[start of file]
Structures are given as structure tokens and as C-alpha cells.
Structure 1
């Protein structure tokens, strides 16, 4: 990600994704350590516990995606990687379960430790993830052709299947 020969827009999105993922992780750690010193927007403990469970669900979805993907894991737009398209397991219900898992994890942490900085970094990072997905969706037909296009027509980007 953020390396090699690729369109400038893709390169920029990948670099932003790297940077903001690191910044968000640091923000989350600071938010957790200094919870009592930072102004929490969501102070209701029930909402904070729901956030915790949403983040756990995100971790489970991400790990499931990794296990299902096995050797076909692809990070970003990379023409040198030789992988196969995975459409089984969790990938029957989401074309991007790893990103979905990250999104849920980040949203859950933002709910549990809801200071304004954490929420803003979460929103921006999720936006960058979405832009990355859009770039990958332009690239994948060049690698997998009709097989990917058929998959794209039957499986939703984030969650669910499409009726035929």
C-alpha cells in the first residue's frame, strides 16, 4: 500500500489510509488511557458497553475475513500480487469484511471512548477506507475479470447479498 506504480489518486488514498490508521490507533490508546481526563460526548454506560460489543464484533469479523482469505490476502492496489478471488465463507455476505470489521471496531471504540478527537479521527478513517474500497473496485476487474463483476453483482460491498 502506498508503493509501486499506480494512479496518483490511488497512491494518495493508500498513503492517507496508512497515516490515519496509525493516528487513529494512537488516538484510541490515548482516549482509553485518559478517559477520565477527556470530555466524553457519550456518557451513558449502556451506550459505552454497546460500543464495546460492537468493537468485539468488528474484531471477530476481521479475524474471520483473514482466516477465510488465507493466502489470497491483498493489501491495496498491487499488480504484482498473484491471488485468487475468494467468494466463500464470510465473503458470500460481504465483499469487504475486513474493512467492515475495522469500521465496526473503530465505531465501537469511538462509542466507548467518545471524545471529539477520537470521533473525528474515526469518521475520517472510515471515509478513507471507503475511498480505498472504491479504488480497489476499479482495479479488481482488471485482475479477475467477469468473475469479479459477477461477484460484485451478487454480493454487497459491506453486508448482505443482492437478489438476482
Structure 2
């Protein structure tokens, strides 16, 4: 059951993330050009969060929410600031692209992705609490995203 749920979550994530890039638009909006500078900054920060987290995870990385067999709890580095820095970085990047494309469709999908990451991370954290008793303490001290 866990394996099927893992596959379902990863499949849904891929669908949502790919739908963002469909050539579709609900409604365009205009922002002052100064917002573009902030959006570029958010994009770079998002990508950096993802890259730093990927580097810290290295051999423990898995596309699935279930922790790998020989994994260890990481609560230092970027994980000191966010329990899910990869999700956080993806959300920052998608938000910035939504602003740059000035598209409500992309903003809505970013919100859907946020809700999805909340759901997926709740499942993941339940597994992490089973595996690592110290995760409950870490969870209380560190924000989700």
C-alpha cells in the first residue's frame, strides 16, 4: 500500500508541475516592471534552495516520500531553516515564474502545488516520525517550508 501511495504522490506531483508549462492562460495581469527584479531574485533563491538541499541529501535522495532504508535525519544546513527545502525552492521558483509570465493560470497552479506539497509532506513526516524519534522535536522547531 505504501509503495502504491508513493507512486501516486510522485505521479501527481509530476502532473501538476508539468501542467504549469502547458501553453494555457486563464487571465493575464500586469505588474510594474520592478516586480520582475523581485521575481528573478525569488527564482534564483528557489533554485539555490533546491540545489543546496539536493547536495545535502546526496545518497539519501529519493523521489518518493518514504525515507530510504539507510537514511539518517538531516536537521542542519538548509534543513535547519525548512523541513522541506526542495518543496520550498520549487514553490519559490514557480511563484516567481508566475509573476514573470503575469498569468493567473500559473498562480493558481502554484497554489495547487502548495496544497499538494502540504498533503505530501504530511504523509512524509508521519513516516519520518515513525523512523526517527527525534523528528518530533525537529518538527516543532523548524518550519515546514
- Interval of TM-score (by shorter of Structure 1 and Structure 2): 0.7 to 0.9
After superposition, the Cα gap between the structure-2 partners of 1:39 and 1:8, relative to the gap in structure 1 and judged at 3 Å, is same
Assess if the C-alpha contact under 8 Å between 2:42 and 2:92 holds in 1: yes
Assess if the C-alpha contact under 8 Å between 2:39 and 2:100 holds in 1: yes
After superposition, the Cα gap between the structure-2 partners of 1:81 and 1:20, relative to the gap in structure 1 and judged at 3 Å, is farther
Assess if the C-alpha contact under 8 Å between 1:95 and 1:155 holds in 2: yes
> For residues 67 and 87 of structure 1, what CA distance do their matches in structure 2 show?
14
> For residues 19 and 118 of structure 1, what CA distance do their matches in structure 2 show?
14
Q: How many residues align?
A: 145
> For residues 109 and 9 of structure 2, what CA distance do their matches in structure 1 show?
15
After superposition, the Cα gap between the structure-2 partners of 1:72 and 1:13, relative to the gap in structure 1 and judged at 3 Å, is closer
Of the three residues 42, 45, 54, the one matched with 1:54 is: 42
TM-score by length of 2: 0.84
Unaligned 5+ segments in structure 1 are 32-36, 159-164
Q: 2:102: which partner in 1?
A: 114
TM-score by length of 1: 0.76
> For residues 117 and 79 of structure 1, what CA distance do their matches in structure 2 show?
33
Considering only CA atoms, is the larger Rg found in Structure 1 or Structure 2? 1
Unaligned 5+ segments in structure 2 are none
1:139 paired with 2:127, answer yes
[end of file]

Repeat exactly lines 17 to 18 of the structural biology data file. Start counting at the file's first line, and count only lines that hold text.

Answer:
14
Q: How many residues align?